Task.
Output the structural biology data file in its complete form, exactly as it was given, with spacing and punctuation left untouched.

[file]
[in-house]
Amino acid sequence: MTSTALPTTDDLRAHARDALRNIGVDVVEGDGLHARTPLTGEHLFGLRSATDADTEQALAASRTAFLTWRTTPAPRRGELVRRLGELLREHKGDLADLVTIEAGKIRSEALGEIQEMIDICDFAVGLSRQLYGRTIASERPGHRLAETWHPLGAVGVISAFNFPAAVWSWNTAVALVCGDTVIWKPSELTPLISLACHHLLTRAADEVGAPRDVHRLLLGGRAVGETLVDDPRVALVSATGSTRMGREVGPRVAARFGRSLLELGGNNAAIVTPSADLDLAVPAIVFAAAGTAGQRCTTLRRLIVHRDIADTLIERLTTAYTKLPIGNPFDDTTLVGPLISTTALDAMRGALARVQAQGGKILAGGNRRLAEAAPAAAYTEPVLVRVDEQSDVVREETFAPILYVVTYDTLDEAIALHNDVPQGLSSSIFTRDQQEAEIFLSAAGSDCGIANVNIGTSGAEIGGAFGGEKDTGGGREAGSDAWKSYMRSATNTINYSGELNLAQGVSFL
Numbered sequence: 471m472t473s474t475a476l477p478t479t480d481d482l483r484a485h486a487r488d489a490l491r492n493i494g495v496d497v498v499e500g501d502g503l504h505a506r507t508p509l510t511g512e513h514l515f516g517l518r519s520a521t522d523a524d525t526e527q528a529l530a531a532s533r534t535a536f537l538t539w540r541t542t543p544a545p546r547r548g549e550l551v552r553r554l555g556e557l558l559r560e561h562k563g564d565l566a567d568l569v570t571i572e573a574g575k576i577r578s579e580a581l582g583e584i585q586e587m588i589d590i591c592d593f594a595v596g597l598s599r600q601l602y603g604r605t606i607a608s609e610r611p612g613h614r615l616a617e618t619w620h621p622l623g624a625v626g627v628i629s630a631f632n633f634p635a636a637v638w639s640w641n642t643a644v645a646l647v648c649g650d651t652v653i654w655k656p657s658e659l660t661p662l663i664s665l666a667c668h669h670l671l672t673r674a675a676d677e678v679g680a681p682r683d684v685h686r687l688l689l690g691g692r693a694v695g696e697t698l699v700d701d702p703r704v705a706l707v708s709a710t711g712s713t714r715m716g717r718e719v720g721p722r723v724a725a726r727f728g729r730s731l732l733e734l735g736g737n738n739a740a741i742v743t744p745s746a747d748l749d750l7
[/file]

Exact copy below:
[in-house]
Amino acid sequence: MTSTALPTTDDLRAHARDALRNIGVDVVEGDGLHARTPLTGEHLFGLRSATDADTEQALAASRTAFLTWRTTPAPRRGELVRRLGELLREHKGDLADLVTIEAGKIRSEALGEIQEMIDICDFAVGLSRQLYGRTIASERPGHRLAETWHPLGAVGVISAFNFPAAVWSWNTAVALVCGDTVIWKPSELTPLISLACHHLLTRAADEVGAPRDVHRLLLGGRAVGETLVDDPRVALVSATGSTRMGREVGPRVAARFGRSLLELGGNNAAIVTPSADLDLAVPAIVFAAAGTAGQRCTTLRRLIVHRDIADTLIERLTTAYTKLPIGNPFDDTTLVGPLISTTALDAMRGALARVQAQGGKILAGGNRRLAEAAPAAAYTEPVLVRVDEQSDVVREETFAPILYVVTYDTLDEAIALHNDVPQGLSSSIFTRDQQEAEIFLSAAGSDCGIANVNIGTSGAEIGGAFGGEKDTGGGREAGSDAWKSYMRSATNTINYSGELNLAQGVSFL
Numbered sequence: 471m472t473s474t475a476l477p478t479t480d481d482l483r484a485h486a487r488d489a490l491r492n493i494g495v496d497v498v499e500g501d502g503l504h505a506r507t508p509l510t511g512e513h514l515f516g517l518r519s520a521t522d523a524d525t526e527q528a529l530a531a532s533r534t535a536f537l538t539w540r541t542t543p544a545p546r547r548g549e550l551v552r553r554l555g556e557l558l559r560e561h562k563g564d565l566a567d568l569v570t571i572e573a574g575k576i577r578s579e580a581l582g583e584i585q586e587m588i589d590i591c592d593f594a595v596g597l598s599r600q601l602y603g604r605t606i607a608s609e610r611p612g613h614r615l616a617e618t619w620h621p622l623g624a625v626g627v628i629s630a631f632n633f634p635a636a637v638w639s640w641n642t643a644v645a646l647v648c649g650d651t652v653i654w655k656p657s658e659l660t661p662l663i664s665l666a667c668h669h670l671l672t673r674a675a676d677e678v679g680a681p682r683d684v685h686r687l688l689l690g691g692r693a694v695g696e697t698l699v700d701d702p703r704v705a706l707v708s709a710t711g712s713t714r715m716g717r718e719v720g721p722r723v724a725a726r727f728g729r730s731l732l733e734l735g736g737n738n739a740a741i742v743t744p745s746a747d748l749d750l7